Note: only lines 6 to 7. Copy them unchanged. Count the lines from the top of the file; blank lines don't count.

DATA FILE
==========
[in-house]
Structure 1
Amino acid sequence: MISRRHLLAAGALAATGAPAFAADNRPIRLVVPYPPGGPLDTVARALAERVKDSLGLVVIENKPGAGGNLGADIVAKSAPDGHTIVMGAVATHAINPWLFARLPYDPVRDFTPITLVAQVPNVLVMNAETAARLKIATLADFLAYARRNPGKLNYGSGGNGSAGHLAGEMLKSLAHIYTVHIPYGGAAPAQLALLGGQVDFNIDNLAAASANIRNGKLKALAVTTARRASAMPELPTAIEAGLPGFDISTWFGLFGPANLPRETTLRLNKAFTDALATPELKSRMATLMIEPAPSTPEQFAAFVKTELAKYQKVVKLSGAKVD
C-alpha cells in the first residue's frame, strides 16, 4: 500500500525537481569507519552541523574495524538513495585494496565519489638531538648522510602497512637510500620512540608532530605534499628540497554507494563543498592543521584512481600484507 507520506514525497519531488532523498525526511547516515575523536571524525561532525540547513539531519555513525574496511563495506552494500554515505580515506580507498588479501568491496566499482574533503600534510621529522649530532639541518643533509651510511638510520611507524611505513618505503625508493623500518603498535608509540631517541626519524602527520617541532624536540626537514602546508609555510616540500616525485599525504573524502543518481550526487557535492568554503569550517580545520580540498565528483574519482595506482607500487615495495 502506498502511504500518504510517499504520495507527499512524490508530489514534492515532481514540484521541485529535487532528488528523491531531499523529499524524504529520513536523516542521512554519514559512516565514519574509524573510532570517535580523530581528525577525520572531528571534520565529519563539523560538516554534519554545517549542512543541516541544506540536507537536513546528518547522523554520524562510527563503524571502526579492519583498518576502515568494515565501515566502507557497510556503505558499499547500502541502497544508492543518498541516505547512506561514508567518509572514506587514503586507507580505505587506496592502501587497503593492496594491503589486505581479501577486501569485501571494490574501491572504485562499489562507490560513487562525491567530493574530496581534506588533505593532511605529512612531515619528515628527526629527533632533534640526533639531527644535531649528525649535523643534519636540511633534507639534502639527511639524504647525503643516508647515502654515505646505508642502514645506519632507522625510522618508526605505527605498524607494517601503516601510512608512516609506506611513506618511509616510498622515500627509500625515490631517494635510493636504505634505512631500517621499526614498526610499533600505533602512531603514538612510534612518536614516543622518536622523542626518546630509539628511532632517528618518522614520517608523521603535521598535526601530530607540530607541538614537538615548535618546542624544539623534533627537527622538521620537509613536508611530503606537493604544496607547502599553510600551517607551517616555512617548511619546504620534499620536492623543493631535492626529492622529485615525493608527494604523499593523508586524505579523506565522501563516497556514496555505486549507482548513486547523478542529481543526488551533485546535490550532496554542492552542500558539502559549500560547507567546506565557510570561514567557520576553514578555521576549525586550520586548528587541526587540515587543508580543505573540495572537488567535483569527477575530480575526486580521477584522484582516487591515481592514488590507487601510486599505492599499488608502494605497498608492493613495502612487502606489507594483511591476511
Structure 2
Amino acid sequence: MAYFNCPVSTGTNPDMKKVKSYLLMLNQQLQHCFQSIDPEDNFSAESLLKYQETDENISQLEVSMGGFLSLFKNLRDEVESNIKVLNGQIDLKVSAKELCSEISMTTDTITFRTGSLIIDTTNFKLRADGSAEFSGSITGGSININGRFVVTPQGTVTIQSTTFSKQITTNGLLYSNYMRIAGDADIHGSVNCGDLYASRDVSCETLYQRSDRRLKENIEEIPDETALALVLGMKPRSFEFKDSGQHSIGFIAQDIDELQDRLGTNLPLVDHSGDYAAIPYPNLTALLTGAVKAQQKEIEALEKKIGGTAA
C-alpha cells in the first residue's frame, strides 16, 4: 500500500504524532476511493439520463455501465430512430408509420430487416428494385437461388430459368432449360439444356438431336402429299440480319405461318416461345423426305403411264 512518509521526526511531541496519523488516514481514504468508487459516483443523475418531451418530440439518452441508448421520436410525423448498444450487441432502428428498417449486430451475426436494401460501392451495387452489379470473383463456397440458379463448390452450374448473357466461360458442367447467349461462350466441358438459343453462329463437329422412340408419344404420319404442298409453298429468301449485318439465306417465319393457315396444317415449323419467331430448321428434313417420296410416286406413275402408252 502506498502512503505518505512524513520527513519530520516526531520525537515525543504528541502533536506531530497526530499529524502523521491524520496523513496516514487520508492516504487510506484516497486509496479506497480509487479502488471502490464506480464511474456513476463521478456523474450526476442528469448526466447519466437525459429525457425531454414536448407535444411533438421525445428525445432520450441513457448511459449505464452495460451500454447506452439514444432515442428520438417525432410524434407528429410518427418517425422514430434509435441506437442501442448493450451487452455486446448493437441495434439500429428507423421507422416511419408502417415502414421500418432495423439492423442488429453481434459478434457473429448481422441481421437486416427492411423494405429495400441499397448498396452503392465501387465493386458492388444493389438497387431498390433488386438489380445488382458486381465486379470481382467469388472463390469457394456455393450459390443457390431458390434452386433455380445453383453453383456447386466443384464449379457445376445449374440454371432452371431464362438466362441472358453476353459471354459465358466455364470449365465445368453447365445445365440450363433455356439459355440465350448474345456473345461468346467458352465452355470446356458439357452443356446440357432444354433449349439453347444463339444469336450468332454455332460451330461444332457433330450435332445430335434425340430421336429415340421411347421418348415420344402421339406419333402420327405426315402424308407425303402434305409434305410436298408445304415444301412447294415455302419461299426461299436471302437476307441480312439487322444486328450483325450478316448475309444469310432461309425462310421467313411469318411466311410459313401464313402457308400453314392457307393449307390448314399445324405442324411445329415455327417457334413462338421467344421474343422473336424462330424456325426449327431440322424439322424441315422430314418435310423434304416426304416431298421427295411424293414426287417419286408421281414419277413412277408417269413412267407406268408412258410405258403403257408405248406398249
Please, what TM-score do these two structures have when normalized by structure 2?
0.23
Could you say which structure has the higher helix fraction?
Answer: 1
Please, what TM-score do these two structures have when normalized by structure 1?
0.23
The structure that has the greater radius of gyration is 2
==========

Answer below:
Amino acid sequence: MAYFNCPVSTGTNPDMKKVKSYLLMLNQQLQHCFQSIDPEDNFSAESLLKYQETDENISQLEVSMGGFLSLFKNLRDEVESNIKVLNGQIDLKVSAKELCSEISMTTDTITFRTGSLIIDTTNFKLRADGSAEFSGSITGGSININGRFVVTPQGTVTIQSTTFSKQITTNGLLYSNYMRIAGDADIHGSVNCGDLYASRDVSCETLYQRSDRRLKENIEEIPDETALALVLGMKPRSFEFKDSGQHSIGFIAQDIDELQDRLGTNLPLVDHSGDYAAIPYPNLTALLTGAVKAQQKEIEALEKKIGGTAA
C-alpha cells in the first residue's frame, strides 16, 4: 500500500504524532476511493439520463455501465430512430408509420430487416428494385437461388430459368432449360439444356438431336402429299440480319405461318416461345423426305403411264 512518509521526526511531541496519523488516514481514504468508487459516483443523475418531451418530440439518452441508448421520436410525423448498444450487441432502428428498417449486430451475426436494401460501392451495387452489379470473383463456397440458379463448390452450374448473357466461360458442367447467349461462350466441358438459343453462329463437329422412340408419344404420319404442298409453298429468301449485318439465306417465319393457315396444317415449323419467331430448321428434313417420296410416286406413275402408252 502506498502512503505518505512524513520527513519530520516526531520525537515525543504528541502533536506531530497526530499529524502523521491524520496523513496516514487520508492516504487510506484516497486509496479506497480509487479502488471502490464506480464511474456513476463521478456523474450526476442528469448526466447519466437525459429525457425531454414536448407535444411533438421525445428525445432520450441513457448511459449505464452495460451500454447506452439514444432515442428520438417525432410524434407528429410518427418517425422514430434509435441506437442501442448493450451487452455486446448493437441495434439500429428507423421507422416511419408502417415502414421500418432495423439492423442488429453481434459478434457473429448481422441481421437486416427492411423494405429495400441499397448498396452503392465501387465493386458492388444493389438497387431498390433488386438489380445488382458486381465486379470481382467469388472463390469457394456455393450459390443457390431458390434452386433455380445453383453453383456447386466443384464449379457445376445449374440454371432452371431464362438466362441472358453476353459471354459465358466455364470449365465445368453447365445445365440450363433455356439459355440465350448474345456473345461468346467458352465452355470446356458439357452443356446440357432444354433449349439453347444463339444469336450468332454455332460451330461444332457433330450435332445430335434425340430421336429415340421411347421418348415420344402421339406419333402420327405426315402424308407425303402434305409434305410436298408445304415444301412447294415455302419461299426461299436471302437476307441480312439487322444486328450483325450478316448475309444469310432461309425462310421467313411469318411466311410459313401464313402457308400453314392457307393449307390448314399445324405442324411445329415455327417457334413462338421467344421474343422473336424462330424456325426449327431440322424439322424441315422430314418435310423434304416426304416431298421427295411424293414426287417419286408421281414419277413412277408417269413412267407406268408412258410405258403403257408405248406398249